Sideburn: End of An Era

Well, this is it…

Work began on the magazine that would become Sideburn in the middle of 2007, the first issue being published in March 2008. There was no business plan. No online shop. No Kickstarter or crowdfunding of any type. It was a wild punt in the dark; a creative endeavour paid for up front by me, and backed by a few friendly advertisers that I knew from my role as a freelance journalist.

Now, 55 issues later, the printed magazine is skidding to a halt. While Sideburn will continue to make things, and share news and posts on social media, this is the final printed issue of the magazine for the foreseeable future. Never say never.

I came up with the notion of self-publishing a magazine that focused on dirt track and the culture surrounding it for a few reasons, even if, back then, it was almost exclusively a US sport, with the tiniest pockets of fans dotted around the globe. I was disillusioned by the cost-cutting of the motorcycle magazine publishers I was working for. The most obvious example was the paper and print quality diminishing, but more importantly, the publishers and editors were taking fewer risks. They didn’t want new ideas, just safe ones. As a result, the content was becoming repetitive. I had found early copies of Dice magazine (see p66) and was inspired by it to make my own glossy, small-format ’zine.

Even though by 2007 I knew magazines had started their steep decline, I went ahead anyway, because I wasn’t producing Sideburn to make money. I hadn’t even thought of making issue 2. Photographer Ben Part laid out the magazine, with next to no knowledge or use of the traditional magazine designs rules, and helped Sideburn establish a leftfield style. I wrote most of it (like I still do), paid the printer, and waited for it to be delivered on pallets to my home. Even then I had no real idea of how I was going to get them into people’s hands, except that specialist retailer, The Magazine Man, was going to buy some from us.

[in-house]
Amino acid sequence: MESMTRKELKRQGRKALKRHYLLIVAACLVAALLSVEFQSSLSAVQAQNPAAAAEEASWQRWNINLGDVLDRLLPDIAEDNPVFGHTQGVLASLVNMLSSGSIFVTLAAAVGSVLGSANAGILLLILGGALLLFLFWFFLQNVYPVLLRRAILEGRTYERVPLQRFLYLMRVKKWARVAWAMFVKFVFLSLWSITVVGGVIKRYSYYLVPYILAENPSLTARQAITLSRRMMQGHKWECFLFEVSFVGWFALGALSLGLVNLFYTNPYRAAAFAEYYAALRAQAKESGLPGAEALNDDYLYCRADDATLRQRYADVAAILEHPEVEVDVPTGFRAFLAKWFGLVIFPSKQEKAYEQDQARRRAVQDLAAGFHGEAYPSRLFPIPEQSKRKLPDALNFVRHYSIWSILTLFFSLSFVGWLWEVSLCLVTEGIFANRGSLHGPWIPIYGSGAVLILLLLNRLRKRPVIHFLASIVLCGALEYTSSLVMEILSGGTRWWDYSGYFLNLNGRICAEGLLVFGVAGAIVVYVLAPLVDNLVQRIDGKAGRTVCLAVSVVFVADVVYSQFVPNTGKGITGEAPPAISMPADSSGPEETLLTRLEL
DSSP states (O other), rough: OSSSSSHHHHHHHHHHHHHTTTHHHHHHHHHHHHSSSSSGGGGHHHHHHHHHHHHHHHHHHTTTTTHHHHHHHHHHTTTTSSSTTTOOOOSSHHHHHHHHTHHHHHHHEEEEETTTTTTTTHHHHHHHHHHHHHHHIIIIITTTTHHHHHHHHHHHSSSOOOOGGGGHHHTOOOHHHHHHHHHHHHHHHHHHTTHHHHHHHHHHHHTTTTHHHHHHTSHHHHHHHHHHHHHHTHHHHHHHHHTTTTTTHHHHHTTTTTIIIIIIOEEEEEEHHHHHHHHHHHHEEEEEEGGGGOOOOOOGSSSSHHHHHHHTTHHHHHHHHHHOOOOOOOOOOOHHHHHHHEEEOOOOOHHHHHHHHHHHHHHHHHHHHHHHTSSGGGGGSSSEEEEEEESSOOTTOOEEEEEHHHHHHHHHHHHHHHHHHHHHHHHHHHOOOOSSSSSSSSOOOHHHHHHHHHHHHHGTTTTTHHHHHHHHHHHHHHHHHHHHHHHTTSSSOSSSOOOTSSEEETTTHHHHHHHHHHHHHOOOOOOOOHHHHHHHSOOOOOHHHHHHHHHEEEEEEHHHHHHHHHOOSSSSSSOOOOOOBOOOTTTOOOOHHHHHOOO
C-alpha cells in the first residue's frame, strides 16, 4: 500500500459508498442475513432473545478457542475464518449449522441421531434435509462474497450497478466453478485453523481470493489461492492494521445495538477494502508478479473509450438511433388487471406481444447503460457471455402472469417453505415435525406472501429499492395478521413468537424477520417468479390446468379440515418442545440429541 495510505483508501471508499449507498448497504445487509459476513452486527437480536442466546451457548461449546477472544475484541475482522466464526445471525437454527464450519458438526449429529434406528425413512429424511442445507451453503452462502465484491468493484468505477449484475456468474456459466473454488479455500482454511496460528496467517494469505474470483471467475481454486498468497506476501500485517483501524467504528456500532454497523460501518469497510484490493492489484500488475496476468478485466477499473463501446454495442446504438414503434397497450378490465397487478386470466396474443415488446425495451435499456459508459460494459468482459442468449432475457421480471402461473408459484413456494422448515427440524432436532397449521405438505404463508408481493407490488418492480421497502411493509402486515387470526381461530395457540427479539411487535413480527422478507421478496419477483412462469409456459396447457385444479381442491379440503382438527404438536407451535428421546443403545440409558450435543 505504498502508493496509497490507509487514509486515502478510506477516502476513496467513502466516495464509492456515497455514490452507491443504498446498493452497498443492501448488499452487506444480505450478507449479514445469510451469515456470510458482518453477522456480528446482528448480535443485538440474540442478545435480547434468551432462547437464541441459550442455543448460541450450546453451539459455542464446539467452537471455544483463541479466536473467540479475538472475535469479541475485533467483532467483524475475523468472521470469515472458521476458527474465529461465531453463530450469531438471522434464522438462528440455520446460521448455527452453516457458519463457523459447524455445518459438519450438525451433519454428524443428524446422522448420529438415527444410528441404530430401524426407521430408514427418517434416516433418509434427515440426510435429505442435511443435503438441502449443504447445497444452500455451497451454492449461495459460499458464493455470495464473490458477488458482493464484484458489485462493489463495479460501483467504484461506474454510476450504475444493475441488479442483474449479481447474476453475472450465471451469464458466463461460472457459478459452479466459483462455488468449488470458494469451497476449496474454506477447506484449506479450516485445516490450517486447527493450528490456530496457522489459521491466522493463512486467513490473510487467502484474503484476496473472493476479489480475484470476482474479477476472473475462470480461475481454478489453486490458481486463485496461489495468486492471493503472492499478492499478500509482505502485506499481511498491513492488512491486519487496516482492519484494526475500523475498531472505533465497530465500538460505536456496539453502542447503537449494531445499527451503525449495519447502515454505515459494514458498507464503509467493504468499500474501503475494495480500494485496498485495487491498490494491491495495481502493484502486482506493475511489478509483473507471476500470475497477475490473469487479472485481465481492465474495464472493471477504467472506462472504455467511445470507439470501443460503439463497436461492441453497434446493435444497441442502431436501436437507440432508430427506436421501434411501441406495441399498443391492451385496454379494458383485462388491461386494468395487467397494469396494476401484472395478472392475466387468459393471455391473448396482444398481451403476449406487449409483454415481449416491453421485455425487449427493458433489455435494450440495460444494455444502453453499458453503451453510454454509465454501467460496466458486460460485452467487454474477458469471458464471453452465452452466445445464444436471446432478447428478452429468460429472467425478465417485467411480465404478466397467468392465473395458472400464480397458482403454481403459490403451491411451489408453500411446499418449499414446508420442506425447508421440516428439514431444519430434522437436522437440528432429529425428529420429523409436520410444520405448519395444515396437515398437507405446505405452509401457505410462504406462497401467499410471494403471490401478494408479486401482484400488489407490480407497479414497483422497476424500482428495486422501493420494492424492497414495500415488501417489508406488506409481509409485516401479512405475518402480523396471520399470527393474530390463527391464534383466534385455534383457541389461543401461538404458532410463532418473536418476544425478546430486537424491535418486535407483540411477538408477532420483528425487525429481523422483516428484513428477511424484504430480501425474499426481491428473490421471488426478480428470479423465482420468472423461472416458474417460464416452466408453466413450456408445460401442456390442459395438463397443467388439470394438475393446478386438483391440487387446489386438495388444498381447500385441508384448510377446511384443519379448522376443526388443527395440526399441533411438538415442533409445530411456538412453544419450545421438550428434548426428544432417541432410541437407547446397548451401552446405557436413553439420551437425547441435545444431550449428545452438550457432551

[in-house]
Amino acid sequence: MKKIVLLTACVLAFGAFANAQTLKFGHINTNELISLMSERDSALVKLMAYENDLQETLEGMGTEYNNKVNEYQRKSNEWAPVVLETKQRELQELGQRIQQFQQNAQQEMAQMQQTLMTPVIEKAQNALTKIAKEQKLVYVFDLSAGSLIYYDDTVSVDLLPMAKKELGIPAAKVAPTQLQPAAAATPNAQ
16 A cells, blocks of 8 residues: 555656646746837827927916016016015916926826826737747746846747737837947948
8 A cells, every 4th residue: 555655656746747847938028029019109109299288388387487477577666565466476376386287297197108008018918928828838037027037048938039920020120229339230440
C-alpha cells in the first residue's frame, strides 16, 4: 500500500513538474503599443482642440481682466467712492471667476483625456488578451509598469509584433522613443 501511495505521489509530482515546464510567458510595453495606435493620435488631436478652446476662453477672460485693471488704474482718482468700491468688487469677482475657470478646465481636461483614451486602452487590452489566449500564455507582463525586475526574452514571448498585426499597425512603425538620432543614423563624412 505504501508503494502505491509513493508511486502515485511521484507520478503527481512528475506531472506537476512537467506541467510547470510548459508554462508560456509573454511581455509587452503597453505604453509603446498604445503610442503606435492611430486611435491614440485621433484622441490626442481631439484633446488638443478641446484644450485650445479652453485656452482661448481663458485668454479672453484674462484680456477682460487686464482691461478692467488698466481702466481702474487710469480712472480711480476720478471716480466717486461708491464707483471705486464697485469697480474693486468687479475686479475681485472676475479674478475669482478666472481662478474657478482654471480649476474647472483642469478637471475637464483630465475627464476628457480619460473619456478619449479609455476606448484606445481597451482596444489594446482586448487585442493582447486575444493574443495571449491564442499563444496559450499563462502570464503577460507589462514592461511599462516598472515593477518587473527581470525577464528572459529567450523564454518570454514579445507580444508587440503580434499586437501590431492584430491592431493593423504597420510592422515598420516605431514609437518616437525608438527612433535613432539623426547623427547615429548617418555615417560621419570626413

Sideburn was the epitome of kitchen-table publishing, and it has pretty much remained that way for all its 15 years, despite attracting support and advertising from some of the biggest names in motorcycling. It has also been granted the honour of calling itself the official magazine of the pro sport, American Flat Track. No one could have imagined that in 2008.

Sideburn is what it is, for good or ill, because of the person I am. It hasn’t grown as big as it might, because I lacked confidence to invest further, or the desire to employ more people, or try to attract outside investment along the journey. But it has survived 15 years of global financial meltdown, a pandemic and an unimaginable social media revolution, when countless other magazines – big, small, famous, or start-ups – closed around us, because I’m stubborn and willing to work long hours for something I believe in, even if there wasn’t much money in it.

Sideburn has enjoyed the support of freelancers and contributors, too many to list, who also believed in printed media, and have worked within our tiny budgets to allow the magazine to keep going, even when the figures really didn’t stack up. Most notably Debbie, Mick, and the three art eds the mag has had, Ben, Kar and currently, Andy.

But 15 years is a long time to do anything, and being a niche, independent magazine in 2023 is infinitely harder that it was in 2008. We could talk about straws breaking camels’ backs, or suffering the death of a thousand cuts, but put simply, it just doesn’t make sense to print the magazine any longer. And as stubborn and blinkered as I am, even I realise it.

So, thanks for buying the magazine. I’ve truly appreciated every single purchase.

Gary Inman

Lincolnshire, UK, 2023

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